In a world of eternal optimism and ever-increasing stock markets, why is it always the Bulls whom the rest of the world has to bail out?
FOMO (Fear of Missing Out) isn't exclusive to young crypto traders; historically, it applies to stock traders and those managing pension funds. More importantly, it serves as the driving force behind the growth of the financial industry.
If we delve into the history of stock market growth, it's been remarkably consistent. Looking back to the early 1930s, there have been hiccups along the way: WWII, the 1970s, the 2000 tech bubble, all roughly 30 years apart. In between these major setbacks, we've witnessed multiple corrections that allowed those with fresh capital to enter the market and ride the next wave. This cycle fosters the belief among many investors that it's simply a matter of holding on, a principle my younger friends refer to as "HODL."
As someone who lived through the 1970s and the tech bubble, I can't deny the remarkable resilience of our stock markets against poor economic policies and risky maneuvers by financial institutions. However, I can't forget that the consequences of poor decision-making by politicians and bankers were always borne by the general population: higher taxes, job losses, inflation, increased debts, and so on.
Moreover, just before these collapses, we witnessed a pattern: the euphoria of new highs led many bears to abandon their pessimism and embrace bullish sentiments, only to regret it shortly afterward. Recently, some pessimistic investors have begun to change their tune.
While the S&P 500 has shown impressive performance, primarily driven by the demand for a limited number of companies, I can't shake the feeling that equity prices are becoming increasingly disconnected from the real economy. And history tells us what that usually means – people are going to get hurt
(When it comes to looking at long term index values, I wonder what the value would be today, if we stuck with the original companies, rather than kicking off those that failed and replacing them with stronger companies)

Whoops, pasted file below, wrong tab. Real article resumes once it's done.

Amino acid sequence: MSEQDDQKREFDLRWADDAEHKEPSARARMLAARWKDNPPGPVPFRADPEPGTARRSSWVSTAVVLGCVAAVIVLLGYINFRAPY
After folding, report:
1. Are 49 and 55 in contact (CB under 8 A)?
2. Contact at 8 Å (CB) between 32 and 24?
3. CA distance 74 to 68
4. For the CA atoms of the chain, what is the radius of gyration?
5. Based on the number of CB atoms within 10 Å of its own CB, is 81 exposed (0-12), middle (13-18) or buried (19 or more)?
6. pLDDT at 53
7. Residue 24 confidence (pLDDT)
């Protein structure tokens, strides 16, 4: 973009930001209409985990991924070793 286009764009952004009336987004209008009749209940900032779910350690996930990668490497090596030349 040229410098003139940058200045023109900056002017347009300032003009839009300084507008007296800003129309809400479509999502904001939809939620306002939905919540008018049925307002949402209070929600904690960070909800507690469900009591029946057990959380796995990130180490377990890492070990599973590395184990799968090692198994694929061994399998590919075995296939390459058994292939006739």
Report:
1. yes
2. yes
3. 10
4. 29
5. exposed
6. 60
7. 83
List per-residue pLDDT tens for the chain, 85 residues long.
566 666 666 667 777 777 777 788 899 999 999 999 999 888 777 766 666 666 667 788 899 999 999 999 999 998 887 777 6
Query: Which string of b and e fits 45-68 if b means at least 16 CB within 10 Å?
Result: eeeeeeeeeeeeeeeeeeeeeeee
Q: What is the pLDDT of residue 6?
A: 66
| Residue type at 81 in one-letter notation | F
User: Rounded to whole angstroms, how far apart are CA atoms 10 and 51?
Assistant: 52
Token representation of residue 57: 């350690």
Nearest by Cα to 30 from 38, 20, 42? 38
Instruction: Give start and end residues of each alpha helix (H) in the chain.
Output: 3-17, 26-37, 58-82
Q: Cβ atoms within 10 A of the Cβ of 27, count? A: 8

Optimistically speaking, one could argue that earnings weren't disastrous, COVID caused damage but we're rebounding, and there's optimism about the US economy under Trump's leadership. However, uncertainties remain, and economic indicators in an important election year may show exaggerated signs of recovery. We can also expect that bond yields remain volatile as traders try to outsmart the Fed, and vice versa.
Undoubtedly, there are numerous other arguments circulating, as is often the case before a collapse. But from my perspective, I see nothing but increasing risk for those buying equities at current levels.
Some argue that the US, often the focus of our attention, is faring better than the rest of the Western world. They anticipate that a Republican administration would further widen the gap between the USA and other nations, by prioritizing domestic policies over global growth.
Unfortunately, we can't expect a similar shift in economic policy or focus in Europe, which is my primary concern.
European growth has relied on sustaining the German economy and redistributing some of its excess profits to less affluent neighbours. However, cracks are emerging in this policy. The burden of supporting an entire continent, compounded by factors like mass immigration, COVID, generous welfare systems, and regional conflicts, has become overwhelming. As Germany goes, so does Europe.
The academic economic policies enforced by EU officials have inflicted as much damage on European businesses as the misguided emphasis on carbon reduction. Coupled with a multitude of growth-inhibiting regulations from the EU, it's challenging to envision Europe breaking free from its downward spiral.
When European equity analysts advise buying quality, it's akin to the strategy of investing in the "magnificent seven" in the USA. However, naming a European equivalent is difficult.
There's a growing suspicion that governments and major institutions are colluding to keep stock markets afloat, fully aware that any faltering could lead to a catastrophic downturn of unprecedented proportions, with a potentially lengthy road to recovery.
This leaves us with a dilemma: Do we participate in propping up the market by going long or holding onto our investments, or do we remain on the side-lines or even go short, anticipating that the truth about our current economic situation will eventually surface, causing equity values to plummet?
None of us in the financial industry, or any industry for that matter, wish to witness an economic Armageddon, let alone contribute to its ignition. However, ours is an inherently self-serving business, and each of us must make decisions based on what we believe is right for ourselves.
Whatever you decide, please do not put all your eggs in one basket, because at some point you will be asked by your government to pay for their mistakes!
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